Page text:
Nearly eight months into the Russo-Ukrainian war, and the violence has only worsened. This past month we observed two key developments: the bombing of the Crimean bridge and the commencement of targeted air strikes against Kiev. As Ukraine bleeds ammunition, money, and human life in wave after wave of offensives, the countries backing it should start asking themselves: how much worse does it get before we stop paying for this?
While it may seem counter-intuitive to question the political justification for self-defence, it is this writer’s belief that the post-2014 Ukrainian government has persisted in using profoundly unethical tactics that make this line of questioning legitimate. N.A.T.O. and the G7 have dismissed the recent referendums integrating the Donetsk, Lugansk, Zhaporizhia, and Kherson oblasts into the Russian federation as a laughable sham only serving to drum up war fever. Even assuming the worst fraud in electoral results, we must consider the context of this vote. Since 2014, these chiefly ethnically Russian territories have undergone horrific terror-bombing from Ukraine’s military – explosions targeting civilian areas with virtually no application of the distinction practice of jus in bello. Ukraine also dammed the Crimean canal in reaction to Russia’s annexation, cutting off Russian water supply by 90% and returning it to levels unseen since Stalinism. Those sections of the population who weren’t already pro-Russia – and a majority was, prior to the outbreak of violence in 2013 – may well be alienated by their own government after its use of PFM-1 petal mines, civilian bombing in broad daylight, and far-right squads sent on patrol, all causing a combined 14,000 deaths (before the war even started!).
This behaviour has not abated, either; if anything, it has worsened. Ukrainian intelligence services’ recent assassination of the Russian activist Darya Dugina is proof of this. While Dugina was by no means a figure preaching peace and reconciliation, what justification can be provided for the car-bombing of a civilian? Publicly available Ukrainian kill lists marked her profile as “liquidated,” as she sat next in line to musicians and even Elon Musk.
Consider also the bombing of the Crimean bridge – though it remains unclear how the attack was executed, current evidence suggests a suicide truck bombing. Even if the bombing was executed with M142 HIMARS, the move was a clear attempt to aggravate Russia and escalate the conflict – and it worked, as it triggered the start of air strikes on Kiev.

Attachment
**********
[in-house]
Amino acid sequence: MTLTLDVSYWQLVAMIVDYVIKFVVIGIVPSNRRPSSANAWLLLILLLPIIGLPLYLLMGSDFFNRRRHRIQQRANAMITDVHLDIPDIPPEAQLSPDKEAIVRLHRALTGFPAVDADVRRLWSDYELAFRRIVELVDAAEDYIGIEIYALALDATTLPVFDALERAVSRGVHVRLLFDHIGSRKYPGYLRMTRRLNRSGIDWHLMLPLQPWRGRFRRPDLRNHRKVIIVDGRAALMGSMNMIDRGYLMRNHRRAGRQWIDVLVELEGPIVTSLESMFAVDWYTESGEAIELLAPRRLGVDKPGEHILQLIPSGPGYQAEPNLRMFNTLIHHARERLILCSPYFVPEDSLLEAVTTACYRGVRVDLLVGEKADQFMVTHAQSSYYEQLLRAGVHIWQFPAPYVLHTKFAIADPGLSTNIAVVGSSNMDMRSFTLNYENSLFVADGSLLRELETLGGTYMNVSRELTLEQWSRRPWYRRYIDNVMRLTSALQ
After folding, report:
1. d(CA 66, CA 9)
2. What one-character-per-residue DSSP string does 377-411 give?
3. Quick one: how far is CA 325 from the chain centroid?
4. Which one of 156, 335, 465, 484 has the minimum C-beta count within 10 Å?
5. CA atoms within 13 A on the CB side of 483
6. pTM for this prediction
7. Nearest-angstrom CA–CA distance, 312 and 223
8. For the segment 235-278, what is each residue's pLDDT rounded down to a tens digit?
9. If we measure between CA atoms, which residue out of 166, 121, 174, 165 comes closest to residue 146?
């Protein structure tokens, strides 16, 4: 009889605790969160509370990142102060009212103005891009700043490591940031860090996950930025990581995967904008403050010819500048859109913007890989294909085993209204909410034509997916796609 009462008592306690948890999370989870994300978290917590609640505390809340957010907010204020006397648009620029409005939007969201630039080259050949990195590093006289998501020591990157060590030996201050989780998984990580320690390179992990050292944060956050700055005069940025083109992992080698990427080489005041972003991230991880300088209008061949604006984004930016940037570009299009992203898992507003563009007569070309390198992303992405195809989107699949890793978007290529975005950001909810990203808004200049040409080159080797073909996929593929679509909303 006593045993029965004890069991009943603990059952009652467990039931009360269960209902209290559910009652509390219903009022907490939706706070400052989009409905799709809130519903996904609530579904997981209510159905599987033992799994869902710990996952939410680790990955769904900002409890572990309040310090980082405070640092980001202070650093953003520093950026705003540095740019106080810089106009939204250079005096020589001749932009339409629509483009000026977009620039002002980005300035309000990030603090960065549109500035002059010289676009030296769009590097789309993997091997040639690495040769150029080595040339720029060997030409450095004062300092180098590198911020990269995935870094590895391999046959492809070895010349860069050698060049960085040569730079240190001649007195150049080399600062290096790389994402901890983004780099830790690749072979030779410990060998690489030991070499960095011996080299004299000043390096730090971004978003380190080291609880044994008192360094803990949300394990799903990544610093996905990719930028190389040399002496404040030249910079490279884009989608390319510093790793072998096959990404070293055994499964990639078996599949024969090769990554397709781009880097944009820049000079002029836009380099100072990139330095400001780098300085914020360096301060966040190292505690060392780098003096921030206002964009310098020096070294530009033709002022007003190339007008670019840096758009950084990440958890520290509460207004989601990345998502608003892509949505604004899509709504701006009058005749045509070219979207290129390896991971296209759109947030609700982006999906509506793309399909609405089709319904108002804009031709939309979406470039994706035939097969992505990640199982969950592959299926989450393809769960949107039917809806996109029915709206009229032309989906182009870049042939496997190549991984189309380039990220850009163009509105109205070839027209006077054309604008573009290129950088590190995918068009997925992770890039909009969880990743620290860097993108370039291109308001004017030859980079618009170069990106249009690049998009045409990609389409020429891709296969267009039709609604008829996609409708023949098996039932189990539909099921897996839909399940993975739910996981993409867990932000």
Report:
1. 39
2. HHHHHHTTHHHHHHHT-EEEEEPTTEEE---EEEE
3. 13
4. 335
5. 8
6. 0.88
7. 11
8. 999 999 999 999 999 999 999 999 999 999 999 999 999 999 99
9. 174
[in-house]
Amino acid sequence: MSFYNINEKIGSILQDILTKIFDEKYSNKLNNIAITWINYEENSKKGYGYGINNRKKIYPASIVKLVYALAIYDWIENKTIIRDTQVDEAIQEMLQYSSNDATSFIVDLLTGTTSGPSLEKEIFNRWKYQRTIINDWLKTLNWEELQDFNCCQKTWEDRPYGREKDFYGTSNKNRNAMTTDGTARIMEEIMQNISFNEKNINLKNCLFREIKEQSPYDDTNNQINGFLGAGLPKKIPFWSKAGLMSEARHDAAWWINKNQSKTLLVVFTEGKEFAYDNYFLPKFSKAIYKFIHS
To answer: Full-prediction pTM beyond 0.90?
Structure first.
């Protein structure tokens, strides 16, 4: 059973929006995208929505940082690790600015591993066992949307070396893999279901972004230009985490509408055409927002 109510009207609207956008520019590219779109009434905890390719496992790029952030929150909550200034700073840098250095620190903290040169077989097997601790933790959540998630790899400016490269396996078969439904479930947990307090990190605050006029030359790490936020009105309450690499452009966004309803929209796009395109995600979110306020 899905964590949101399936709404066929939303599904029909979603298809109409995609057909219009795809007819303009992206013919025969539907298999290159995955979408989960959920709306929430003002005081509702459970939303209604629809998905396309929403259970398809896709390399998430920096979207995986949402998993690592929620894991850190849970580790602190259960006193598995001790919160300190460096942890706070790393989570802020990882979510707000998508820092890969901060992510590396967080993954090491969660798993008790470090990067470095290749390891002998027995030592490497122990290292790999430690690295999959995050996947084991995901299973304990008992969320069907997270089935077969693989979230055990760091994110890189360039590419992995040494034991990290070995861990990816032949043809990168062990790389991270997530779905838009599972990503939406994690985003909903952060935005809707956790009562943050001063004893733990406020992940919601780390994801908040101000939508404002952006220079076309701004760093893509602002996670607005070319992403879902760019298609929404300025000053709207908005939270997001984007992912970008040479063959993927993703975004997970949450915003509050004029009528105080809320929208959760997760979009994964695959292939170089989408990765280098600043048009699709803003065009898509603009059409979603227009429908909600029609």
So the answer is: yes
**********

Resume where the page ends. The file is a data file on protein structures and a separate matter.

I list these decisions not to castigate Ukraine as morally inferior to Russia, but to question the prevailing idea that Ukraine must be supported without limit or question. Let us consider the future – what would happen if Ukraine overtook the fortified Russian positions in its east? Would its soldiers be welcomed with open arms as liberators? The previous paragraphs should demonstrate that such an outcome is unlikely. Moreover, Russia would do everything in its power to prevent a hostile N.A.T.O.-backed military on its borders – Putin has said as much. Essentially: we must not uncritically accept the notion that the West has chosen to finance and arm an administration composed of pragmatic, humane, and reasonable generals.
If this ethical analysis is inaccurate or prejudiced against Ukraine, we can shift our focus to the actual tactics and logistics of the Ukrainian military to demonstrate its fundamental problems. On purely logistical terms, one wonders how much further the Zelenskyy government will push the war effort. First, consider the terms of engagement. What is “victory” to Ukraine? According to state media, it is nothing less than the total recuperation of all lost territory – from Kharkiv to Sevastopol. In no uncertain terms, this can be ruled out as a fantasy. Even if Ukraine manages to overcome Russia in the Donbass region – and we will discuss why this is difficult if not impossible – there is absolutely no scenario in which Ukraine overcomes the fortified Crimean position.
This far-off objective, combined with a total diplomatic hostility to Russia precluding negotiation or compromise, means the Zelenskyy government has engaged itself in a war with no conceivable end. This should be incredibly worrying to all international parties concerned with human life, the resumption of trade, cessation of sanctions, and the de-escalation of geopolitical tensions.